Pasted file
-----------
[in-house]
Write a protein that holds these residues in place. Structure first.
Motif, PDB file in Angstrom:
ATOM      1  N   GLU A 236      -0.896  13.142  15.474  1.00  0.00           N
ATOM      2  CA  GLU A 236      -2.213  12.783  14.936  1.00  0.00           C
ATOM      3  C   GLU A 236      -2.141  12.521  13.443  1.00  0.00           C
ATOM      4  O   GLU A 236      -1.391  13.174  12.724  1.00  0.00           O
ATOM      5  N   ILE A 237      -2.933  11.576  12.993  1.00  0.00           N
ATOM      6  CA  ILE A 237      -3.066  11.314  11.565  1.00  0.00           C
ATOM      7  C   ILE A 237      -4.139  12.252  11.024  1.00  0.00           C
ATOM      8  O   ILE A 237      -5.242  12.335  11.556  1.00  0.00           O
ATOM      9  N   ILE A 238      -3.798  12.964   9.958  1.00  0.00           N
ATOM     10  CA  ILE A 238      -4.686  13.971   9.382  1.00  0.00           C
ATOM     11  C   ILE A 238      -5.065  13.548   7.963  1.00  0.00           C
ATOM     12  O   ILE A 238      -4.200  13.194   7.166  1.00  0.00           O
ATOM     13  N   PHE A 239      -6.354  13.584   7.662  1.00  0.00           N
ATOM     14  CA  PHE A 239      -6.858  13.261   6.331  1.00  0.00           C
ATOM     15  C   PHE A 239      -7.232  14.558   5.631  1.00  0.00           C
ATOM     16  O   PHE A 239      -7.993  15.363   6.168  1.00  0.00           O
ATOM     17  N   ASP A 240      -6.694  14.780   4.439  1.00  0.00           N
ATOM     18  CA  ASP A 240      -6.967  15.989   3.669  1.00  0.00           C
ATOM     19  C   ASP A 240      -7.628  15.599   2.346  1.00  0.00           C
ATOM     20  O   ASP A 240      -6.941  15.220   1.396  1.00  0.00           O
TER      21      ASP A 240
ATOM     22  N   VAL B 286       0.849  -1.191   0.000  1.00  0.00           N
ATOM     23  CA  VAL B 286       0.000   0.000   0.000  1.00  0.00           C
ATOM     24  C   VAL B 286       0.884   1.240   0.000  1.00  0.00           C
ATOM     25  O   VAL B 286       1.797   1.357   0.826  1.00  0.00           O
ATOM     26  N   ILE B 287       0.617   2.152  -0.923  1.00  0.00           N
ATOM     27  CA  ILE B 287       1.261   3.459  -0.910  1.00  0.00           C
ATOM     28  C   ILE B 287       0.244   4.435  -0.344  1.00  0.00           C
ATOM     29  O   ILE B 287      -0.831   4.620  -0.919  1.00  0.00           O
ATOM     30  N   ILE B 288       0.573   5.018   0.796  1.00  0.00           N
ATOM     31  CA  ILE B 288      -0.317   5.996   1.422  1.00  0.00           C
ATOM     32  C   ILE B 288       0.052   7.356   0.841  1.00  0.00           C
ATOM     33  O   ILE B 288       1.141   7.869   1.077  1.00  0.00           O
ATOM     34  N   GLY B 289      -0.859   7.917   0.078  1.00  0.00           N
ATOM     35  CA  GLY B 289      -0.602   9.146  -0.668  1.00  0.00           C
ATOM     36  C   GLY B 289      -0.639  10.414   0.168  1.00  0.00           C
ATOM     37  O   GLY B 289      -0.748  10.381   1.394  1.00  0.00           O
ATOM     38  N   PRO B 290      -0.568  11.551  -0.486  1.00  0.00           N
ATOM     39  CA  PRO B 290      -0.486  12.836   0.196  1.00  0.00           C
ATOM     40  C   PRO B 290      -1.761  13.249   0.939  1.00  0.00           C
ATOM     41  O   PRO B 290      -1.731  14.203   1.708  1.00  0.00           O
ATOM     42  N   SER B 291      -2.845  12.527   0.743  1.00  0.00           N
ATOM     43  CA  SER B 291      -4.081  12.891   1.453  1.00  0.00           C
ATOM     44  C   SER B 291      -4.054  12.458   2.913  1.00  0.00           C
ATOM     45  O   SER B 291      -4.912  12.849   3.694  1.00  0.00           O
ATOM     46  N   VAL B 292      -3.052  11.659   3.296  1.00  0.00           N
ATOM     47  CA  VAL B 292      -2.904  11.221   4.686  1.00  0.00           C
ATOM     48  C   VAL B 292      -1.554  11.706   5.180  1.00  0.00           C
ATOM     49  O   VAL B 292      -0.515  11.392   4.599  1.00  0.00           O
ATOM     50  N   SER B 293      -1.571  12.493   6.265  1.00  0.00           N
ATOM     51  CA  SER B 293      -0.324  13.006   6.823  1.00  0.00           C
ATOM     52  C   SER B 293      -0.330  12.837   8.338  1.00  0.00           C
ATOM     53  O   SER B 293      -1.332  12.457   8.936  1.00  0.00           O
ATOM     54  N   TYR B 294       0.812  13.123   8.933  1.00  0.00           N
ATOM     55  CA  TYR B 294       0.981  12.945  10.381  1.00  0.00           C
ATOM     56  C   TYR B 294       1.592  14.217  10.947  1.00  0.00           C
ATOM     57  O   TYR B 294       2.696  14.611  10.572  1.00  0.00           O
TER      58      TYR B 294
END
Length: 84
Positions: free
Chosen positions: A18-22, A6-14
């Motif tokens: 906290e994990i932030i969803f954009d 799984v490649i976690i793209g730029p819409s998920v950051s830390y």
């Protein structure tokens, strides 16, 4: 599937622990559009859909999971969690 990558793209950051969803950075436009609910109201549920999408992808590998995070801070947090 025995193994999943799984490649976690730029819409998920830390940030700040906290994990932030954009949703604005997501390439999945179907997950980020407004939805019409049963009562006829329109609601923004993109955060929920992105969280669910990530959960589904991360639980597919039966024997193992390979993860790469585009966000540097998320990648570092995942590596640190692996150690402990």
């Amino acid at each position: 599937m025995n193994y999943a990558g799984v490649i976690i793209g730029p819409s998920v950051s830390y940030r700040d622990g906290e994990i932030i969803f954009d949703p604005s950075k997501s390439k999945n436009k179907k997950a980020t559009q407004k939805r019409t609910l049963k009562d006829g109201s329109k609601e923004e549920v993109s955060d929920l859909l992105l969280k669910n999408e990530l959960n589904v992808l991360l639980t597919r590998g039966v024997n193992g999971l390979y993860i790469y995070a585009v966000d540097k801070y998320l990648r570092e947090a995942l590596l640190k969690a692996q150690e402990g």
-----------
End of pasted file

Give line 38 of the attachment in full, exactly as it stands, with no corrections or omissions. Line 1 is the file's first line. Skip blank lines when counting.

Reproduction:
ATOM     35  CA  GLY B 289      -0.602   9.146  -0.668  1.00  0.00           C